Thesis Info

Thesis Title
Agents of Spatial Influence: Studying design interactions with arrangements and gestures
2nd Author
3rd Author
Number of Pages
Parsons School of Design
Thesis Supervisor
Jess Irish
Supervisor e-mail
irishj AT
Other Supervisor(s)
Sven Travis
Language(s) of Thesis
Department / Discipline
Design and Technology
Languages Familiar to Author
Chinese, Japanese, Spanish
URL where full thesis can be found
Machine influence, spatial design, implicit interactions, smart furniture, persuasive technology, machine communication.
Abstract: 200-500 words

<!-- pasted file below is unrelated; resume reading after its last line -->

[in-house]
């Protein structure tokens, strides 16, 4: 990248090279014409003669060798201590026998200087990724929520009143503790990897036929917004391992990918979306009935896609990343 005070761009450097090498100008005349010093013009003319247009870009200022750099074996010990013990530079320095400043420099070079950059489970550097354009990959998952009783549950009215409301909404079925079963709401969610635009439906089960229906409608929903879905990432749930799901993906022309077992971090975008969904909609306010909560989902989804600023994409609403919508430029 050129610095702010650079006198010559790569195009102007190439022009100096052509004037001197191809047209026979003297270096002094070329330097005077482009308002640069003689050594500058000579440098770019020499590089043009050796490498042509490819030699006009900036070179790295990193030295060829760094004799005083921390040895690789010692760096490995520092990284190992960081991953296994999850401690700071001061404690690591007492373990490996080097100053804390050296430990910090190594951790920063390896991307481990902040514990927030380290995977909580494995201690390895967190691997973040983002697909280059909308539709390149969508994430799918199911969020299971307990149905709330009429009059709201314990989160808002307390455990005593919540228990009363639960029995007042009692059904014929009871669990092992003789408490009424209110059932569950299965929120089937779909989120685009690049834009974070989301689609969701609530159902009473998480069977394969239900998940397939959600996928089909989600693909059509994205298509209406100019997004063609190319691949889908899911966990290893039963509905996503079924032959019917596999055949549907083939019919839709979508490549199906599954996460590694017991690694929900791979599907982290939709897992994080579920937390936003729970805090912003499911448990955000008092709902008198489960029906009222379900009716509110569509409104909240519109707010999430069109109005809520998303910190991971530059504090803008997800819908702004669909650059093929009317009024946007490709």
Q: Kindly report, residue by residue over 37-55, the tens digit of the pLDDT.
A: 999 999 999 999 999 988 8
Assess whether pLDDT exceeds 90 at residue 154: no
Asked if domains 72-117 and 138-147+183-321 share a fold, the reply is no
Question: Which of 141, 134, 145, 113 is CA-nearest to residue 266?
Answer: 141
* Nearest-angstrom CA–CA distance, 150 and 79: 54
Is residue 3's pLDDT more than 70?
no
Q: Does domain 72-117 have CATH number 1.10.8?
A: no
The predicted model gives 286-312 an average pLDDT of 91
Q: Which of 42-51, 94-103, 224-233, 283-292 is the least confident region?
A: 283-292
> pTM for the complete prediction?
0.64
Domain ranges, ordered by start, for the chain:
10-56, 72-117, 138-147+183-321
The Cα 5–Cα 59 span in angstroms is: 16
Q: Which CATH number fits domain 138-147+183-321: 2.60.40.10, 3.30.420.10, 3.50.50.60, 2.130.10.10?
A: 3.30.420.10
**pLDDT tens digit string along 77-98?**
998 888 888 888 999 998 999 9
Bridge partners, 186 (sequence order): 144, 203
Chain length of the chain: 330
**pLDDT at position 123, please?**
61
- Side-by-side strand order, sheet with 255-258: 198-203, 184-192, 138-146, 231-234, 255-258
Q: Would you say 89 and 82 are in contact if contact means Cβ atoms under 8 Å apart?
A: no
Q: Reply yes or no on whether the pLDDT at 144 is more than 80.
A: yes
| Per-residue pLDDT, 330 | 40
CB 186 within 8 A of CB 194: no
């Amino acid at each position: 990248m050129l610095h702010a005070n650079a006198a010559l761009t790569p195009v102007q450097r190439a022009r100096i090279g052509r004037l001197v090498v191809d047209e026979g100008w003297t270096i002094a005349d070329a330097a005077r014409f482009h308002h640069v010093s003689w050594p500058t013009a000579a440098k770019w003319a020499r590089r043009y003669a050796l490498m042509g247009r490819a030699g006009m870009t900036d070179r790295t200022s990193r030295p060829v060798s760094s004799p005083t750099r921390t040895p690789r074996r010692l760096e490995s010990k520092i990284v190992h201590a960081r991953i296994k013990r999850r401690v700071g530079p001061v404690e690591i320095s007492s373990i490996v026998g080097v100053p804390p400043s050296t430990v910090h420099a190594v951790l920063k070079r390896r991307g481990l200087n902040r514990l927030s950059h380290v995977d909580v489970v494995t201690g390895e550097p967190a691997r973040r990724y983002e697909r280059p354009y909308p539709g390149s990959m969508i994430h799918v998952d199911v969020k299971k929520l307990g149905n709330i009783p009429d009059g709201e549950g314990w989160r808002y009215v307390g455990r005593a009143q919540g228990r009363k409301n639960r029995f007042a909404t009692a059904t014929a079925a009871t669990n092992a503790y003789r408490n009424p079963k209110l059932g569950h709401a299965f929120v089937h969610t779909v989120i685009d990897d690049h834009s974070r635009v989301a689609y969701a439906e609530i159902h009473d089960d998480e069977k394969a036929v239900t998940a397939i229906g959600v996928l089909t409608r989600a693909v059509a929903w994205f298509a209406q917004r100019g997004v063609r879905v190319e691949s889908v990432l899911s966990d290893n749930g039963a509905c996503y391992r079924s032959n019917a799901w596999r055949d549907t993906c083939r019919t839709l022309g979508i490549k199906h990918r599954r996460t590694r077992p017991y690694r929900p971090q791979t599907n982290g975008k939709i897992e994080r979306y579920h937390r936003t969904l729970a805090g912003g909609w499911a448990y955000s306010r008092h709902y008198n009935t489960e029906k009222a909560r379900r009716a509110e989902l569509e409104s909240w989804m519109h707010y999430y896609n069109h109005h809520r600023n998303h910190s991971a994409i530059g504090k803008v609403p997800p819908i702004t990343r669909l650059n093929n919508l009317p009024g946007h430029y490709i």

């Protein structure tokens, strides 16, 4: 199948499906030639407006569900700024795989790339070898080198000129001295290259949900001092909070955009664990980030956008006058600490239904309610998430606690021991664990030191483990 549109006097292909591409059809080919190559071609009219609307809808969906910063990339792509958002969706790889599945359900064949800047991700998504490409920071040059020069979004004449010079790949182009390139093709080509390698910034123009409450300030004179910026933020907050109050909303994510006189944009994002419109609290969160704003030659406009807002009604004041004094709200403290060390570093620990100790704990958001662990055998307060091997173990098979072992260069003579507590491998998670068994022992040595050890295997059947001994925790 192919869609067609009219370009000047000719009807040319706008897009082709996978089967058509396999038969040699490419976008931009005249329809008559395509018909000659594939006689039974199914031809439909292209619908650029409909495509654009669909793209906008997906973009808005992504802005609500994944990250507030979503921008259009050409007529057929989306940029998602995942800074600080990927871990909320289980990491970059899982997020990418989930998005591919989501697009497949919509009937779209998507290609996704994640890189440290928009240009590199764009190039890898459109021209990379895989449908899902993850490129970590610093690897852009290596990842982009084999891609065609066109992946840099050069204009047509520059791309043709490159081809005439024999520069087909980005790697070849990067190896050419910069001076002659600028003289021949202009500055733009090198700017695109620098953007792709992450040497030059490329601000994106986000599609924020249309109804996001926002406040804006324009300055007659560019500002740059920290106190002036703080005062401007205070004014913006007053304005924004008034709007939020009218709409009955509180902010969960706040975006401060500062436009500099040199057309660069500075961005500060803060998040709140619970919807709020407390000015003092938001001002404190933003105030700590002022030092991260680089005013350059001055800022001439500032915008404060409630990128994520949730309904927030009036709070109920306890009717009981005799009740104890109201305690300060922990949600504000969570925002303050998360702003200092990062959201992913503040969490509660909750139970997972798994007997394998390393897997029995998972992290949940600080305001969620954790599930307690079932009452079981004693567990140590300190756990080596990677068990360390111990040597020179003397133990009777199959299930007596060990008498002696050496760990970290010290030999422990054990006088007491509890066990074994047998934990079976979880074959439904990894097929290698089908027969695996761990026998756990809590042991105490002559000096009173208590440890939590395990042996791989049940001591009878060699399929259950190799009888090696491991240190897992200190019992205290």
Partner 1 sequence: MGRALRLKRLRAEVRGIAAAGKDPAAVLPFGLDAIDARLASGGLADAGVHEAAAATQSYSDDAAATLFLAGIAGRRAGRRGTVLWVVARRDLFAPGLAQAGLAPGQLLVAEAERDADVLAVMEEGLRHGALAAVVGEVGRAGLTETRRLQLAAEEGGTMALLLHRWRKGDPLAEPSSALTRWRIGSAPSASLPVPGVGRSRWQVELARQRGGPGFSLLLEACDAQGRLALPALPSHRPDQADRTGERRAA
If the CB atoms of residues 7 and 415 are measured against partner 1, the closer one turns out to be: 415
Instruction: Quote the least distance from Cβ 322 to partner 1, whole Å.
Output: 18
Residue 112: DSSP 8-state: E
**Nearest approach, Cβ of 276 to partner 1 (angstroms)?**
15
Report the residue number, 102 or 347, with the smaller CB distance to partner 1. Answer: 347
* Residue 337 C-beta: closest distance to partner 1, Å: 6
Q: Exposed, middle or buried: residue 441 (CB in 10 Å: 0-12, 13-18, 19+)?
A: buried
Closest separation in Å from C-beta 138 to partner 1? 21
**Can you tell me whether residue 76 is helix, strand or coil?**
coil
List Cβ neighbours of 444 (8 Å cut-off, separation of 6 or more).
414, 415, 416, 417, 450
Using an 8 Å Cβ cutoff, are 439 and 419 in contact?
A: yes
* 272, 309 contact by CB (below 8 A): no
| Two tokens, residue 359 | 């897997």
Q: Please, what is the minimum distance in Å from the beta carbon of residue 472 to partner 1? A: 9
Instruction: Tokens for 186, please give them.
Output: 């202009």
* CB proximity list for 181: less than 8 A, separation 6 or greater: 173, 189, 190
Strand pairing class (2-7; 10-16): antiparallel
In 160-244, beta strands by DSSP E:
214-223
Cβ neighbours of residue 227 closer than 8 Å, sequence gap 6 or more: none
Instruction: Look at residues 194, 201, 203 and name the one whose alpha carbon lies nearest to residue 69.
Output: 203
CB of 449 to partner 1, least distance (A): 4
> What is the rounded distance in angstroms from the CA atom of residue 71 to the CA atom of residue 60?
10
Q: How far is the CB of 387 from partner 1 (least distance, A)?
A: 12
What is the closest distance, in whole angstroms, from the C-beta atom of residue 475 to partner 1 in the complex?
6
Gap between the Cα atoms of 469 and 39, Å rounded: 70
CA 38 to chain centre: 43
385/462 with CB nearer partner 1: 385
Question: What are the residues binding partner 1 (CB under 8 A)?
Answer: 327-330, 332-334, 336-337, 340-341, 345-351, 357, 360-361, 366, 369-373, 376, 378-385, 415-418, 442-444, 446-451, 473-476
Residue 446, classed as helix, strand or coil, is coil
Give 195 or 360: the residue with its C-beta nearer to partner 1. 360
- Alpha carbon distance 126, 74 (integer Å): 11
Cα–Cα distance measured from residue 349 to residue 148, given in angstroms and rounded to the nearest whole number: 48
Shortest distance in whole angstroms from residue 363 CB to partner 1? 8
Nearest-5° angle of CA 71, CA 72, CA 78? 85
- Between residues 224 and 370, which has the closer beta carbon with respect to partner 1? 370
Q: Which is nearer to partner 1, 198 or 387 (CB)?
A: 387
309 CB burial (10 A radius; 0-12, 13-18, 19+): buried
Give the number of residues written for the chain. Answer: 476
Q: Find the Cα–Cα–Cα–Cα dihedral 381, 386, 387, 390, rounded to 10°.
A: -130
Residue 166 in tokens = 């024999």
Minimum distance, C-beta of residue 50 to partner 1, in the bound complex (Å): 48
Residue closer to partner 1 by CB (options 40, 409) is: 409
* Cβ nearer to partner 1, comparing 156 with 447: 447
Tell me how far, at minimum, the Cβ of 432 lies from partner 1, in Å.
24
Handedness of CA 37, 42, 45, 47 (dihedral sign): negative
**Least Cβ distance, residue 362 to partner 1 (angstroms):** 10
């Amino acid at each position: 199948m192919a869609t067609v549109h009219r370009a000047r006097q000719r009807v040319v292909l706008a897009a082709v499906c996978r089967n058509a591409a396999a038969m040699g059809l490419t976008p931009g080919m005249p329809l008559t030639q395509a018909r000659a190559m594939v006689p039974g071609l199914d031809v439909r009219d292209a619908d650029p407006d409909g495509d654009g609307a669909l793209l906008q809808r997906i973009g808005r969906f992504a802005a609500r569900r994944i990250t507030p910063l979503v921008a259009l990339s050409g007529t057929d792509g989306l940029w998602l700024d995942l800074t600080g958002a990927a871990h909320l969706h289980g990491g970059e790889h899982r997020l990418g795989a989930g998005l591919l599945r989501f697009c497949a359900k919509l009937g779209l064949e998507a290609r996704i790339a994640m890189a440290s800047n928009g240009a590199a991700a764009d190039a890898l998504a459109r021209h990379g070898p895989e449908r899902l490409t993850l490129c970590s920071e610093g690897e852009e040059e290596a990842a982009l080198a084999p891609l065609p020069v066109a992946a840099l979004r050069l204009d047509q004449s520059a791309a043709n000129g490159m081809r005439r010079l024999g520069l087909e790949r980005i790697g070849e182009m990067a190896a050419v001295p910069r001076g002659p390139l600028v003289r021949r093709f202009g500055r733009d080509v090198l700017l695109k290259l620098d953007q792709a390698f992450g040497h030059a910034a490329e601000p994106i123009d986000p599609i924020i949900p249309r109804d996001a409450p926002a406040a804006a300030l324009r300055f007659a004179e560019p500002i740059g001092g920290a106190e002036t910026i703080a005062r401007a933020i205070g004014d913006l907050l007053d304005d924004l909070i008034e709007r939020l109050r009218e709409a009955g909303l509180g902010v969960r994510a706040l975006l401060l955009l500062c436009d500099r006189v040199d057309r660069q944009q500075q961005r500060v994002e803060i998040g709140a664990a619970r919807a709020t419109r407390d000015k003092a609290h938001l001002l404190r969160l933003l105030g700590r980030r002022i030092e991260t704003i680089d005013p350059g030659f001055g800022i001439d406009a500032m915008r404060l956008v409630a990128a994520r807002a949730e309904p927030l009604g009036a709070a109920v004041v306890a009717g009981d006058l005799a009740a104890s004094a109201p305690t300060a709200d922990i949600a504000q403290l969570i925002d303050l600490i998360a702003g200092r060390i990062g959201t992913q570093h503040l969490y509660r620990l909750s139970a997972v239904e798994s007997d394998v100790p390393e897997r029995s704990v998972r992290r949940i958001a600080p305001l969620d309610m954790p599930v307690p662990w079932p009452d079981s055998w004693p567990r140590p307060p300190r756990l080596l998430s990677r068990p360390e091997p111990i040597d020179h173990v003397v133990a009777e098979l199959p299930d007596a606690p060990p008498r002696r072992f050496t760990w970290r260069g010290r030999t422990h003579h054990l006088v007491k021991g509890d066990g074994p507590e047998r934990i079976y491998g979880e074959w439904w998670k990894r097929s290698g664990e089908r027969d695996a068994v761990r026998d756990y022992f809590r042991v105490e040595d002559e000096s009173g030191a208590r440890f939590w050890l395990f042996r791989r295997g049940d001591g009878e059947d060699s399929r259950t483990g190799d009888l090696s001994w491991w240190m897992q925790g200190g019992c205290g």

Humans are implicitly affected by spatial arrangements. From the round table leading us to egalitarian discussions to room partitions that attempt to isolate us as we try to get work done, the ways interiors are arranged, divided, instrumented, and outfitted affects the way we interact in the space. Machines in our environment, meanwhile, interact with us using explicit gestures rather than implicit means. They affect our behavior and perception by using human-like metaphors to communicate with us, giving us an impression of recognition, disagreement, or understanding. How do implicit and explicit influences work together to shape human behavior in the real world? I found a test case where both forms of influences are embodied in the interaction: the humble chair. The way chairs are arranged in a room can signal the purpose of the space, and chair movements can also signal their purpose and agency. Using autonomous chairs, we can both shape behavior by arranging space with certain activity goals in mind, and also affect human interaction by programming human-like movements and action sequences by locomotion and rotation. I investigated implicit influences by using eyetracking to study perceptual attention of humans in a scene with different chair arrangements, and studied chair gestural interactions by getting human feedback on videos of chair-human interactions shown to them on a crowd-sourced data analysis tool. I then tested human response to both the arrangement and interaction capabilities of chairs in a VR experience that allows us to prototype hypothetical scenarios. I found that implicit spatial and explicit gestural factors of autonomic chairs interact with each other in human free-form exploration of a room, demonstrating a prototyping strategy using hypothetical situations and refined mechanical control that are difficult to realize in a spatial design with mechanical agents.